20. Susan Sullivan says:

    Mrs. Mole, glad to hear you are safe. Some of you may know Diane Ericsson – textile artist, pattern designer, teacher, etc.. She lives in Ashland. Last week, she got out with the clothes on her back, laptop, Bernina, and some photos. Diane has lost her entire life’s work. In addition, her husband just passed away from cancer. There is a Go-Fund-Me page set up in her name. Please contribute, if you can. Thank you.

    • mrsmole says:

      I did hear about her this week. It is good that Diane has so many friends in the valley who can help her.
      I found out 2 other friends who are lifelong professional seamstresses aged 78 lost everything. I have been donating to:http://uneteoregon.org/ to help farm workers and their families who lost everything.
      Also our local credit union https://www.roguecu.org/community/donate is matching funds for whoever donates. Two great places to help those who have been the worst affected.

  21. jay says:

    I hope you get some rain soon. It is devastating.

    • mrsmole says:

      This week the police have arrested looters who have been digging through rubble to sell items for drugs….it seems as though they are the vultures picking the bones.But the good news is the whole valley has been doing such good work trying to find places to live and clothing for the homeless familes.

  22. celestial says:

    Dear Mrs. Mole, Your photos are a devastating reminder of the chaos that is happening to regular folk all down the West coast. You have my prayers and I am so glad you did not have to relocate.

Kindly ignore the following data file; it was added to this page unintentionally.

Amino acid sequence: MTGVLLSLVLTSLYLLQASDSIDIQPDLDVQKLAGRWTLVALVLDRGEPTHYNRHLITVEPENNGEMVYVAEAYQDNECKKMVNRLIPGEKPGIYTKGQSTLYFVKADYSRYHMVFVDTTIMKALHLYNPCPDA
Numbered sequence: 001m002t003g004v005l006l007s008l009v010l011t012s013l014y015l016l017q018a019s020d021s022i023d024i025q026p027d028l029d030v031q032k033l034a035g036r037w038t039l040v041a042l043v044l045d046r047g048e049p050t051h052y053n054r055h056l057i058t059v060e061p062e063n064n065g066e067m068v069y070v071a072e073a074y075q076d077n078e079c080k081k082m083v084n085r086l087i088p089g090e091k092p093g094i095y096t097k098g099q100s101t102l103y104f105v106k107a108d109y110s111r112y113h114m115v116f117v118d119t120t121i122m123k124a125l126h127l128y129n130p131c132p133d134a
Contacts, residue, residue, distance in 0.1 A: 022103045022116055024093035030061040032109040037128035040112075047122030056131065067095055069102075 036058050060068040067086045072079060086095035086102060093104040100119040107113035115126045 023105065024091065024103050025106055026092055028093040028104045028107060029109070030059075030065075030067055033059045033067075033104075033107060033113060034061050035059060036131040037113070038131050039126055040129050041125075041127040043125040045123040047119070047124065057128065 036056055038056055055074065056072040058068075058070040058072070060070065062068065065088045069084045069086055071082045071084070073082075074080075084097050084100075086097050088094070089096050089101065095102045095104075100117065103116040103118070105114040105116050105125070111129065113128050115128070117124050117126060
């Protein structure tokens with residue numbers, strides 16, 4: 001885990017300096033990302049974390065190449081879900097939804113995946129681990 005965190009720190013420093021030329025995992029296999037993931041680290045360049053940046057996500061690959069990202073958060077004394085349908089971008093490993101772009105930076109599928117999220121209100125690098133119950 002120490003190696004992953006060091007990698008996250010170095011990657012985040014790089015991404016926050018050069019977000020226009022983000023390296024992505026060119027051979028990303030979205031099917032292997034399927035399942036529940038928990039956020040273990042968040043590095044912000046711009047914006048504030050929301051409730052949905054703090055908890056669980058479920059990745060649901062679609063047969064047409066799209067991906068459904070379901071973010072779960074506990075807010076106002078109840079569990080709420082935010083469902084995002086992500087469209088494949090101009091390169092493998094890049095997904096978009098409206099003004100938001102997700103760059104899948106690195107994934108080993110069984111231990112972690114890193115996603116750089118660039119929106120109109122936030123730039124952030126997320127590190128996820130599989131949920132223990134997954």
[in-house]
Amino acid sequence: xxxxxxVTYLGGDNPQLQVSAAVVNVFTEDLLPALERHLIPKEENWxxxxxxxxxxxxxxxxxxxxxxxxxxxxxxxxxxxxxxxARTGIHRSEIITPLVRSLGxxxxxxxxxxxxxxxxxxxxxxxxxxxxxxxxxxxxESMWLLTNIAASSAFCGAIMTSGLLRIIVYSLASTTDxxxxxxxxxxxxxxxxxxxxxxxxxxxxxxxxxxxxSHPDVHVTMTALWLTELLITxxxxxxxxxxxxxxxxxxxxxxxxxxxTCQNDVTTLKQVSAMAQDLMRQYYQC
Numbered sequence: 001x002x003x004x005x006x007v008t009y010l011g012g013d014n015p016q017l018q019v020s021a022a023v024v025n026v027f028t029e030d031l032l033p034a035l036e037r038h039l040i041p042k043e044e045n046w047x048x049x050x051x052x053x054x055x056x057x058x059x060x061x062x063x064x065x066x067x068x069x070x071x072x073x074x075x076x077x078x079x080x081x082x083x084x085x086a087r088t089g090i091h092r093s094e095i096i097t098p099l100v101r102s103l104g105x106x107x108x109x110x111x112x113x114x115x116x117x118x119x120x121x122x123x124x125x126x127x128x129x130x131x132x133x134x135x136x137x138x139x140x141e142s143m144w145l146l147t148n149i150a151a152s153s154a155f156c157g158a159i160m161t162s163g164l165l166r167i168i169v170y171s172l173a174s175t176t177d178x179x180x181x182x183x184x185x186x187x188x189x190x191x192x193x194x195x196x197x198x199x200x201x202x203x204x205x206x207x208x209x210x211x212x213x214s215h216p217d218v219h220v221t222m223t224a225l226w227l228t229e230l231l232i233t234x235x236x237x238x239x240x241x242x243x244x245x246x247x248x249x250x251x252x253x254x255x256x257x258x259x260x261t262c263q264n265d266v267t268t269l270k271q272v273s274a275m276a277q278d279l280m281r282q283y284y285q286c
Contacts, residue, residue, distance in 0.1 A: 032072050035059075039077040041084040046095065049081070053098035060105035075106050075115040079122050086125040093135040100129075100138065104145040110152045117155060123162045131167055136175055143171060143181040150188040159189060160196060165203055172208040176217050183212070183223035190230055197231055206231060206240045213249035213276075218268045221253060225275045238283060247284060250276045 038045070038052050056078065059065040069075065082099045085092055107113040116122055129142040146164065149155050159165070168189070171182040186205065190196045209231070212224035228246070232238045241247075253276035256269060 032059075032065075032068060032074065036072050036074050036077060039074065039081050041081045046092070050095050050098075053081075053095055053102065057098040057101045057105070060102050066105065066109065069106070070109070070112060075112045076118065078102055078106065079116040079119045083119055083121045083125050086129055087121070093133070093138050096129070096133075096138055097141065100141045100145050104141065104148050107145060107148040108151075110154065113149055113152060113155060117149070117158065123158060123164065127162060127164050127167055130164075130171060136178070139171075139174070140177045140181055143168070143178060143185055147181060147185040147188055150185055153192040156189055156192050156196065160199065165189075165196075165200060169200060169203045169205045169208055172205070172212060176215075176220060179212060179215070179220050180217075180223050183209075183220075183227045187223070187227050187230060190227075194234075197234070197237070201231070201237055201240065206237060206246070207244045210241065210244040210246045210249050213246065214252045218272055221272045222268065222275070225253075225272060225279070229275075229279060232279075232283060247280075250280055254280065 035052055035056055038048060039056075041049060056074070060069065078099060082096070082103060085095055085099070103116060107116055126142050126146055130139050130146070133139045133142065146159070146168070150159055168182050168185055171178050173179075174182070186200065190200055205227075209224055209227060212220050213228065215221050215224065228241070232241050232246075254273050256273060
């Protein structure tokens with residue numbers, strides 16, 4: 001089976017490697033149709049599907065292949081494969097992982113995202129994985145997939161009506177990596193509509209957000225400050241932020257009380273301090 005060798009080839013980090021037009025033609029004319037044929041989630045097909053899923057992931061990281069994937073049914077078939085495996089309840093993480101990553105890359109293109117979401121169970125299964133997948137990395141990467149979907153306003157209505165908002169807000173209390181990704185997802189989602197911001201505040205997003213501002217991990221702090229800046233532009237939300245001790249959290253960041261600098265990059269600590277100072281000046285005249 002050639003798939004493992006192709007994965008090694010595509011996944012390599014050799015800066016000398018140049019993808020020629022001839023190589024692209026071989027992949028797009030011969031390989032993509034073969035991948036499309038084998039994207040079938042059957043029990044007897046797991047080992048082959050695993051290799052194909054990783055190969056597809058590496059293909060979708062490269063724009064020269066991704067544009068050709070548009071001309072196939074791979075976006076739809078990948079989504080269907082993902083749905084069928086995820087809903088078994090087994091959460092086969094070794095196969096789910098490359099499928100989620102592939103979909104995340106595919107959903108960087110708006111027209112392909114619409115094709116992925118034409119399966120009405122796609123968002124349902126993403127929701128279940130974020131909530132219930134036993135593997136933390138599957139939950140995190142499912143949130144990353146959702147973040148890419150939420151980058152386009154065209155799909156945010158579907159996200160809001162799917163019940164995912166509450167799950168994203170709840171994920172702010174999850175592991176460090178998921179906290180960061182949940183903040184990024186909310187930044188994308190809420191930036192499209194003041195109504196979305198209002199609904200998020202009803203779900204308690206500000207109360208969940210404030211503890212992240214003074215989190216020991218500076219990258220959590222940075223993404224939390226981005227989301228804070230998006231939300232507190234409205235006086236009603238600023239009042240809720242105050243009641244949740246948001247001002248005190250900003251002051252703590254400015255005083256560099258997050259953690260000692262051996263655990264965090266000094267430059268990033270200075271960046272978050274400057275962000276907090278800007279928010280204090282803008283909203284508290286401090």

My husband spent a year in Spain in 1976 and was often thought a Basque because of his coloring, build and beret. Franco had just died and there were armed policeman at every intersection; he remembers the time vividly, as well as the wonderful Basque people he did meet and learned of their culture and struggle. He later returned in 2015 and completed the El Camino. He was fascinated by the fact that Basque is one of the few languages unrelated to any other; it is completely unique. You have a wonderful history and I thank you for sharing it.

    • mrsmole says:

      Being Basque is an honor and priviledge. One of my sewing friends walked the Camino last year and posted all her photos on FB. It was like being there with her. With my bad knees, I could never be able to do that but I have seen many BBC documentaries on it and Martin Sheen did a short movie on it too. Thank you for caring and praying!

  23. Elin says:

    These Fries are scary on so many levels! After reading your post I made a small donation to a reforestation organisation, One Tree Planted. I hope you and your loves ones stay safe through all of this.